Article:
How Can You Protect Yourself?
Fortunately for those with overseas accounts, there is a much cheaper alternative. The IRS has an amnesty program for those that voluntarily and truthfully disclose their foreign bank accounts. Until recently, the voluntary disclosure program carried a cost of 27.5% of the balance in the foreign account. But, as of July 1, 2014, they have reduced that to 5% for most taxpayers (the ones that would qualify for the first tier penalty described above), depending upon circumstances. As long as you or your overseas financial institution is not currently under IRS scrutiny, you may qualify for a voluntary disclosure program with just a fraction of the penalties for non-disclosure.
What is the Risk of Non-Disclosure?
The difference between voluntary disclosure and non-disclosure is stark. Non-disclosers may owe up to 300% of the bank balance. For some, that is more money than they currently own. Even those that qualify for the first tier penalty could easily owe over $100,000, even on relatively small accounts. Compared to that, 5% of the bank balance for voluntarily disclosure is a negligible amount.
Let’s consider an example – a person with two accounts overseas, a checking account of $20,000 and a savings account with $30,000 for a total of $50,000 and a simple domestic tax return without complex issues. The first tier penalty on this money would be $120,000. The second tier penalty would be $150,000 and possible criminal prosecution. However, if they qualify as not willful, and voluntarily disclose, they would owe an estimated $1,000 of back taxes and penalties (this depends on many factors, including which country, the interest rate and past exchange rates), $2,500 for the 5% penalty and estimated attorney’s fees of $3,000 (this also depends on many factors and is made assuming a simple tax return and simple interest income from overseas) for a total of $6,500.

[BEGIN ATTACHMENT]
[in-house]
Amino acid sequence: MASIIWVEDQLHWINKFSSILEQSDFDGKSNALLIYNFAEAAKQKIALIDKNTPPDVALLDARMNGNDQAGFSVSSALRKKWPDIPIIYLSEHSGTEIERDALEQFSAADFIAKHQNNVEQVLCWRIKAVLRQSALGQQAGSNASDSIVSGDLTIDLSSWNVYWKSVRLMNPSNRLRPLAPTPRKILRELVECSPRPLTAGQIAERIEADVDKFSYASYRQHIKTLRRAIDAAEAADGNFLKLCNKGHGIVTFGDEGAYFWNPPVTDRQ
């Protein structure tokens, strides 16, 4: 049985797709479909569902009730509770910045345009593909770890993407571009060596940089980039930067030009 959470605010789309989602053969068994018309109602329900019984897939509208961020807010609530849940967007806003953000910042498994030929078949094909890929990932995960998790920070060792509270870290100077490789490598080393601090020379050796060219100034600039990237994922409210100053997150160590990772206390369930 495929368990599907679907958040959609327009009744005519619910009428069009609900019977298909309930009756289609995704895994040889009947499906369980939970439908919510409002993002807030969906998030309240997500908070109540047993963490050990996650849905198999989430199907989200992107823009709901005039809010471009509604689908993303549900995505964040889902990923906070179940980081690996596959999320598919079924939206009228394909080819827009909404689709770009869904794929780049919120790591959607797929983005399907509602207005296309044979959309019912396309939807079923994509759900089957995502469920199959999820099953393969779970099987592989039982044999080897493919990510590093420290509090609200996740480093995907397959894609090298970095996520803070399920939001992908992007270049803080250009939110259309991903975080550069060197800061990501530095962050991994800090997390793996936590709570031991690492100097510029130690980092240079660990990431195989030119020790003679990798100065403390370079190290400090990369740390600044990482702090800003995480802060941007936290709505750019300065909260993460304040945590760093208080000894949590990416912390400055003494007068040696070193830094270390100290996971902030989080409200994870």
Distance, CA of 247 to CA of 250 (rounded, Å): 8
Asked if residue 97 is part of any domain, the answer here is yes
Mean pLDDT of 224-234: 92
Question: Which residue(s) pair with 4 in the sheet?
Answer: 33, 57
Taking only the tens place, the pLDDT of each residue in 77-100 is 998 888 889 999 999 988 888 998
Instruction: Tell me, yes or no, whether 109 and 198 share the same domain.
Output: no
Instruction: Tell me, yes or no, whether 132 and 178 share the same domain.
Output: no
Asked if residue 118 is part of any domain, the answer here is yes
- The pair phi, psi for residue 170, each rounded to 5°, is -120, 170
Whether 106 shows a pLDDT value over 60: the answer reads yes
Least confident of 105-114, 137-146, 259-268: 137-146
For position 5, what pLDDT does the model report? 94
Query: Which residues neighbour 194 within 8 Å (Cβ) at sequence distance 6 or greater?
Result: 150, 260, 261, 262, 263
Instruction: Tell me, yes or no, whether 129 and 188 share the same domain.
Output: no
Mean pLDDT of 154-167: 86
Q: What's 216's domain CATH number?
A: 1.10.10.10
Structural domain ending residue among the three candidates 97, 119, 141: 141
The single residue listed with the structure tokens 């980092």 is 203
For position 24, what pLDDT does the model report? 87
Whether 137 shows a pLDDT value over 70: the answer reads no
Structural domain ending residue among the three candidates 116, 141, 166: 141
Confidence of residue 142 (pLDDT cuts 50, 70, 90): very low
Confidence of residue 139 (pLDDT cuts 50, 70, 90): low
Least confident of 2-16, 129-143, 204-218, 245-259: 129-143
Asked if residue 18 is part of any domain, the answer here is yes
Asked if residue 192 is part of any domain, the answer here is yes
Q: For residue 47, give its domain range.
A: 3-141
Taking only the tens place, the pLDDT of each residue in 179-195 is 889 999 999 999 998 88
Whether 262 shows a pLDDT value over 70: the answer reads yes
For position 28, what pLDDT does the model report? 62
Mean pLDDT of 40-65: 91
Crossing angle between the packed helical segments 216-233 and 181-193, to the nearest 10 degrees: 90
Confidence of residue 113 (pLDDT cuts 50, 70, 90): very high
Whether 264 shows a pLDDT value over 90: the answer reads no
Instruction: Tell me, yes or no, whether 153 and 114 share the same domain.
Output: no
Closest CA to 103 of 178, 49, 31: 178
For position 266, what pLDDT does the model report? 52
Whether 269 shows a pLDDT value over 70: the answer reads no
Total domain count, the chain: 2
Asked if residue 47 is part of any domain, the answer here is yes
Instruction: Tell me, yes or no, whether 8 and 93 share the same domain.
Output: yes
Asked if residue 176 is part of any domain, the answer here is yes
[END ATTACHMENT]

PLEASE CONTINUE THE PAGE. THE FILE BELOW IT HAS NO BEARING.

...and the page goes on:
The difference is striking – $6,500 compared to $120,000 or even $150,000. Moreover, the longer you delay disclosure, the more willful it will look in the IRS’ eyes and the more likely that you will be assessed at the second tier penalty.
Also a word of warning to those that have recently or will soon close those overseas accounts – the information gathering and reporting requirements go back up to 6 years, so you could still be on the hook for large fines. Simply closing the accounts and moving the money back to the United States may not protect you.
How Do I Take Advantage?
Unless your overseas accounts are small, the best route is to hire a professional. Unlike some other tax matters, a Report of Foreign Bank and Financial Accounts (“FBAR”) is a complicated matter that requires professional help. Not only will you have to properly report several years of records and accounts, but you will have to amend your past tax returns to account for the changes. Not to mention protecting you from any further consequences and minimizing your new tax liability.
If possible, find a firm like ours where the entire FBAR process is in-house, to reduce your overall costs, since there won’t be any extra bills for the exchanges between the accountants and your lawyer. Although it may be tempting to use a CPA instead of a lawyer for this process, only a lawyer offers attorney-client privilege protection that could become critical if you are judged to have willfully failed to report your accounts.
If you have any questions regarding your foreign accounts or would like to learn more about your liability, please contact us at (714) 510-5608 to make an appointment.
List of nations that are currently reporting to the US
Foreign assets reportable on your US tax return
IRS FAQ on the voluntary disclosure program (some of this information is outdated as of 7/1/2014)
Comparison between Form 8938 and Form 114 reporting requirements